• Note that the output of g is usedas input to k
  • We want to speed up the design by postponing k to the third stage
  • Also note that the circuit only uses one of L3 or L4, never both
  • We can remove one of the latches
example circuit transformations14
Example: Circuit Transformations
  • Equivalence in this case holds regardless of the actual functions
  • Conclusion: can be decided using Equality Logic and Uninterpreted Functions
ufs equality logic ackermann s reduction

F( ), G( ),…

f1

F2(F1(x)) = 0

f2

f2 =0

UFs  Equality Logic: Ackermann’s reduction
  • For each function in UF:
    • Number function instances (from the inside out)
    • Replace each function instance with a new variable
    • Condition UF with a functional consistency constraint for every pair of instances of thesame function.

Given a formula UF with uninterpreted functions

((x=f1) f1=f2 )  (f2=0)

ackermann s reduction example
Ackermann’s reduction : Example
  • Given the formula(x1x2) Ç (F(x1) =F(x2)) Ç (F(x1) F(x3))which we want to check for validity, we first number the function instances: (x1x2) Ç (F1(x1) =F2(x2)) Ç (F1(x1) F3(x3))
ackermann s reduction example17
Ackermann’s reduction : Example

(x1x2) Ç (F1(x1) =F2(x2)) Ç (F1(x1) F3(x3))

  • Replace each function with a new variable,

(x1x2) Ç (f1 =f2 ) Ç (f1f3 )

  • Condition with Functional Consistency constraints:
ufs equality logic bryant s reduction

F( ), G( ),…

F1(x1) = F2(x2)

case x1=x2 : f1true :f2

f1 =

UFs  Equality Logic: Bryant’s reduction

Given a formula UF with UFs

  • For each function in UF:
    • Number function instances (from the inside out)
    • Replace a function instance Fi with an expression

casex1=xi :f1

x2=xi:f2

xi-1 =xi :fi-1

true :fi

ufs equality logic bryant s reduction19

F( ), G( ),…

F1(x1) = F2(x2)

UFs  Equality Logic: Bryant’s reduction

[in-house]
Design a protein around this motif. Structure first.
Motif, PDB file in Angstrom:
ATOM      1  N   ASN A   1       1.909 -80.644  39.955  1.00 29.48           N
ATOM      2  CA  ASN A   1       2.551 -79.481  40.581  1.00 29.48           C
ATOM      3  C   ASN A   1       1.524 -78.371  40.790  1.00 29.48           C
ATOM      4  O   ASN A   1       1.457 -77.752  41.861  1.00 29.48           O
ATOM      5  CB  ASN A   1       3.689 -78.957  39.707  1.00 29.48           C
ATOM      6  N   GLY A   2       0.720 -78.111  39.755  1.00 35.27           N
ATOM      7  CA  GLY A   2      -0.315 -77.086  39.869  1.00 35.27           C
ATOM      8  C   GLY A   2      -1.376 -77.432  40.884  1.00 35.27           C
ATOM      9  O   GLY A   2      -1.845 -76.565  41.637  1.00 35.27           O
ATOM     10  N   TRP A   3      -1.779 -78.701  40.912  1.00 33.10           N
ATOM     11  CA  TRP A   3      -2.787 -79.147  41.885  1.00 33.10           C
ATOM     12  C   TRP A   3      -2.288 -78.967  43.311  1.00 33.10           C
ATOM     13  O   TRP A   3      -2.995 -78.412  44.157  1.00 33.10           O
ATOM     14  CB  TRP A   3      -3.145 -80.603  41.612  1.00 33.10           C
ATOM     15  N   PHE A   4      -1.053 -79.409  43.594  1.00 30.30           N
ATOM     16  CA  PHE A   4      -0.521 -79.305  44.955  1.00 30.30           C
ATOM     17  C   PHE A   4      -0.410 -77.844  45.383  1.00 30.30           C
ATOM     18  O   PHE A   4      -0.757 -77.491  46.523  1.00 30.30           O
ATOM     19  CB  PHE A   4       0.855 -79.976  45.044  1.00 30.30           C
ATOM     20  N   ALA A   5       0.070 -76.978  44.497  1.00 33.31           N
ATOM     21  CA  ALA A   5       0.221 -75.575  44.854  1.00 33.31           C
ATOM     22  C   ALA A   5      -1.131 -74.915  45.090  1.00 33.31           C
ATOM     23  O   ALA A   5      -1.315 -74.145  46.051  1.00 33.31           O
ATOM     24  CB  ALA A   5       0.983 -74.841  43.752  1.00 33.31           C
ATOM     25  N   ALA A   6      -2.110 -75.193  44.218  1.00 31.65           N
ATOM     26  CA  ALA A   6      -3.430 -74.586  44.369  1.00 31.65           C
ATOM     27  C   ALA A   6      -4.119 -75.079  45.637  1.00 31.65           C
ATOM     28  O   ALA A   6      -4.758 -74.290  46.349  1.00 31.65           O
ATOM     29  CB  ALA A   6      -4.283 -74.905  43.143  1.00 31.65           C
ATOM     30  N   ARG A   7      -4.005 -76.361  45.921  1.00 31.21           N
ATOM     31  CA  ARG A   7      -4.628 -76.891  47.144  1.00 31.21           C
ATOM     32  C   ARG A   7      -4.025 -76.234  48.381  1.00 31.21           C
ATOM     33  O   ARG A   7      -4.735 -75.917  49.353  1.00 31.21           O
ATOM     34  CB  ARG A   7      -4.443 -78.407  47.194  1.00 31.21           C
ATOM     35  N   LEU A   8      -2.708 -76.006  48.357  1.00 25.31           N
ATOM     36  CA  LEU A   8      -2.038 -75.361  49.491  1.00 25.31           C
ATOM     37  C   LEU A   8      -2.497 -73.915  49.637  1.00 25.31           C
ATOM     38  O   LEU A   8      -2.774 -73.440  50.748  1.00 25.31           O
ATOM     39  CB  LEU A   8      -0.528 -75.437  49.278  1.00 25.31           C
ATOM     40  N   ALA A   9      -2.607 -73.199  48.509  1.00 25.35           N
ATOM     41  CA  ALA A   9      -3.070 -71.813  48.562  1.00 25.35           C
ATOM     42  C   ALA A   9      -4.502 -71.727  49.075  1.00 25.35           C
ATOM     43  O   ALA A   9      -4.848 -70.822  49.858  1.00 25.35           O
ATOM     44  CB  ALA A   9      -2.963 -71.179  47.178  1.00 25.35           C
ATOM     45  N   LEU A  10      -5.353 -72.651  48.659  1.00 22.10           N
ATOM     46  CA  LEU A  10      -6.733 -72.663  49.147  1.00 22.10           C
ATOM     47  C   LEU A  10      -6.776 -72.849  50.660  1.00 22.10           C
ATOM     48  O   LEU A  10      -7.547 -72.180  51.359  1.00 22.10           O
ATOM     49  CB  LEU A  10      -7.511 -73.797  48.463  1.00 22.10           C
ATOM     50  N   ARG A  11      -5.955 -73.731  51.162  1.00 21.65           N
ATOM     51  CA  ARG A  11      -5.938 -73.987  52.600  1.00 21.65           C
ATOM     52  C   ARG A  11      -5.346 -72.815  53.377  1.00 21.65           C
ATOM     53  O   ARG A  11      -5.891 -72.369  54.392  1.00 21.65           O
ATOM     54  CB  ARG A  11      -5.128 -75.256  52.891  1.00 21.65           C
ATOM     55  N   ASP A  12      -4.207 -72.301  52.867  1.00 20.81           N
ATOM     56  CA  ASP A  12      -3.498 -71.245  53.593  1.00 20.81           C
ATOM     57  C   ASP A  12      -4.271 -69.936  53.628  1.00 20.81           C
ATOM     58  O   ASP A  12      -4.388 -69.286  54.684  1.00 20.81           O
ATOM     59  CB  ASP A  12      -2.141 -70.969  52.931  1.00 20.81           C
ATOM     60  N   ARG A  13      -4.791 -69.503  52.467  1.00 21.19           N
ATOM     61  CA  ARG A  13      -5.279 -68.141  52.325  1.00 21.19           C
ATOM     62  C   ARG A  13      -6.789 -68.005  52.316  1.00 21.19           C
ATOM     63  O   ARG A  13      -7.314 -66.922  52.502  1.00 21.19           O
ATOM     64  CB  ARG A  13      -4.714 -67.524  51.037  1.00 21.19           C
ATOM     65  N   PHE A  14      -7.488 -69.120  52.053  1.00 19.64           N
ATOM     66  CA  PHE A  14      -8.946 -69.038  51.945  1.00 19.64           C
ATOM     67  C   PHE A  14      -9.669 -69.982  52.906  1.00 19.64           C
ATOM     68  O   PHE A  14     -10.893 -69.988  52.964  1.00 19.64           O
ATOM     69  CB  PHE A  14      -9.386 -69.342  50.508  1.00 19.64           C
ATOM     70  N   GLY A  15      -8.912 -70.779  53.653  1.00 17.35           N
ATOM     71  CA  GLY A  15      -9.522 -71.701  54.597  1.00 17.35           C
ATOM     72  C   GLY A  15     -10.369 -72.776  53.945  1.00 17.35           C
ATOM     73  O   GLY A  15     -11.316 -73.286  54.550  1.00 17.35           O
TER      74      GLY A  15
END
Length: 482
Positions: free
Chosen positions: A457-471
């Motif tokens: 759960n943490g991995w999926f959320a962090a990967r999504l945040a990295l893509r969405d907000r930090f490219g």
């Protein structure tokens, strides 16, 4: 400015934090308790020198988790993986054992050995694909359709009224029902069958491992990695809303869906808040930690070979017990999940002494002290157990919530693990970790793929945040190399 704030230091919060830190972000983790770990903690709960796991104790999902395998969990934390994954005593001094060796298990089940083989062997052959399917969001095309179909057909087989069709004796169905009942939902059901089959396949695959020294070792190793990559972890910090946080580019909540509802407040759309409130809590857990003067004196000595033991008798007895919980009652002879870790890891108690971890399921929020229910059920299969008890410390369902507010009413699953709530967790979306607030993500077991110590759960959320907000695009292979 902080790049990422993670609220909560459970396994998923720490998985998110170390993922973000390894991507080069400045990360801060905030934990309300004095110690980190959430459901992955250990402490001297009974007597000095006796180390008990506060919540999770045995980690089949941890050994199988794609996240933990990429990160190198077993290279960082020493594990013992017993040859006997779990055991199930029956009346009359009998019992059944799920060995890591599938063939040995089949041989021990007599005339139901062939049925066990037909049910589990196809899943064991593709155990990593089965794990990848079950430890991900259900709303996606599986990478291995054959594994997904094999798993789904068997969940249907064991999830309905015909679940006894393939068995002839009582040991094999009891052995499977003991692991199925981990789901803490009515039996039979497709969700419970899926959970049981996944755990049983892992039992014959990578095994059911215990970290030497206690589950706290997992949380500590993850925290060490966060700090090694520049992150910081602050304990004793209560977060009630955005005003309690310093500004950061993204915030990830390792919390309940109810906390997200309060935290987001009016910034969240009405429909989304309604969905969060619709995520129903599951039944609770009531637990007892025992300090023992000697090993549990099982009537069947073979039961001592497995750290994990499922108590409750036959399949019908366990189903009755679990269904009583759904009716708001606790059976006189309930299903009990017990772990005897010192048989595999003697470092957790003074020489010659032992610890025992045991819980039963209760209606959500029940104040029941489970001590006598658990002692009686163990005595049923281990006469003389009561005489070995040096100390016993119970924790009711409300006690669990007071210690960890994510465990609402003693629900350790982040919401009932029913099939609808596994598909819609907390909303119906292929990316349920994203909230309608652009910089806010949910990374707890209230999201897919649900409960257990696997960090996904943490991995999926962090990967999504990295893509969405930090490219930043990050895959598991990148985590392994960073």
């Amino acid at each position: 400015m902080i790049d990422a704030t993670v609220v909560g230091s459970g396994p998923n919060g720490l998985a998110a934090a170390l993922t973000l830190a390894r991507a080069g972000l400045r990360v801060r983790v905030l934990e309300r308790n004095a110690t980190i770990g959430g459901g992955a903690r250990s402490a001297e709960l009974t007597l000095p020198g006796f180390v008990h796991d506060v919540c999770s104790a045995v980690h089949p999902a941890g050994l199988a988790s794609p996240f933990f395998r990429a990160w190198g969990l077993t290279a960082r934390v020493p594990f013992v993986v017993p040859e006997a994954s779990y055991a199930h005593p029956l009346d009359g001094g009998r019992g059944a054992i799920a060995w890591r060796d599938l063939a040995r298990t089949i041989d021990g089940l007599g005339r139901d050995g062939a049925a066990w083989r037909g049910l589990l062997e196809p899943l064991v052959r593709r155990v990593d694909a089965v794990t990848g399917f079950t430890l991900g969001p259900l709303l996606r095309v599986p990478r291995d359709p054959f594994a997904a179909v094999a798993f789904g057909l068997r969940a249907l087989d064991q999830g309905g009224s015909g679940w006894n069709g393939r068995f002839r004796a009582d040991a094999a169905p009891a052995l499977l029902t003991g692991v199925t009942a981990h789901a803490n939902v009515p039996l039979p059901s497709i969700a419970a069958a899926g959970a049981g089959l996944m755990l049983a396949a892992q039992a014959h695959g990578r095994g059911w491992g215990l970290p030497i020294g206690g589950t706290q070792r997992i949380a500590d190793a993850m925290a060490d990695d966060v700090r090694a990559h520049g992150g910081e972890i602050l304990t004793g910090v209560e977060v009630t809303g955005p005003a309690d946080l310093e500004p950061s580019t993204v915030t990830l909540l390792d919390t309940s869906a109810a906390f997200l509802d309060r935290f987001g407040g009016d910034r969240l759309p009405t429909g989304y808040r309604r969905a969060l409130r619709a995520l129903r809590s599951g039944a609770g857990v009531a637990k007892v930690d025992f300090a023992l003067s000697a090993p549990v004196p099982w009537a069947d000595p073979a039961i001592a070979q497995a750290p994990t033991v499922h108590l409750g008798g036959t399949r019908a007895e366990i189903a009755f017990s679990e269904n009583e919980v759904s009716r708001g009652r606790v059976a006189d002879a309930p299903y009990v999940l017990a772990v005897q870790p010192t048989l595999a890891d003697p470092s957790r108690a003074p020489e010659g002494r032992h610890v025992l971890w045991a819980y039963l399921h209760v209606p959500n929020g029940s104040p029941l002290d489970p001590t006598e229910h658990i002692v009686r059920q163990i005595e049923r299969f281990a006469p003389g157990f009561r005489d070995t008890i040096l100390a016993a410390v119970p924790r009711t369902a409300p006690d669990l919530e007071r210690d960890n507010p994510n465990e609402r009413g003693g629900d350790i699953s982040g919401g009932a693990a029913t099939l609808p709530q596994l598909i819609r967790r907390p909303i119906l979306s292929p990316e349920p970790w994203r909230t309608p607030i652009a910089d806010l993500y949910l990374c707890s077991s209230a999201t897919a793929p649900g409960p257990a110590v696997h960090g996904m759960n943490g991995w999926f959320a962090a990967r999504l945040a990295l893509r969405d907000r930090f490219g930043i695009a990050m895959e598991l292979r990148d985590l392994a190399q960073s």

Given a formula UF with UFs

  • For each function in UF:
    • Number function instances (from the inside out)
    • Replace a function instance Fi with an expression

casex1=xi :f1

x2=xi:f2

xi-1 =xi :fi-1

true :fi

(x1=x2 → f1= f1)Æ

(x1x2 → f1= f2)

bryant s reduction example
Bryant’s reduction: Example
  • x1=x2F1(G1(x1)) =F2(G2(x2))
  • Replace each function with an expression
  • where
using ufs in proofs
Using UFs in proofs
  • Uninterpreted functions gives us the ability to represent an abstract view of functions.
  • It over-approximates the concrete system.

1 + 1 = 1 is a contradiction

But

F(1,1) = 1 is satisfiable !

  • Conclusion: unless we are careful, we can give wrong answers and this way lose soundness.
using ufs in proofs22
Using UFs in proofs
  • In general a sound and incomplete method is more useful than unsound and complete.
  • A soundbutincomplete algorithm:
  • Given a formula with uninterpreted functions UF:
    • Transform it to Equality Logic formula E
    • If E is unsatisfiable return Unsatisfiable
    • Else return ‘Don’t know’
using ufs in proofs23
Using UFs in proofs
  • Question #1: is this useful ?
  • Question #2: can it be made complete in some cases ?
  • When the abstract view is sufficient for the proof, it enables (or simplifies) a mechanicalproof.
  • So when is the abstract view sufficient ?
using ufs in proofs cont d
Using UFs in proofs (cont’d)
  • (common) Proving equivalence between:
    • Two versions of a hardware design
      • e.g., one with and one without a pipeline
    • Source and target of a compiler (“Translation Validation”)
  • (rare) Proving properties that do not rely on the exact functionality of some of the functions.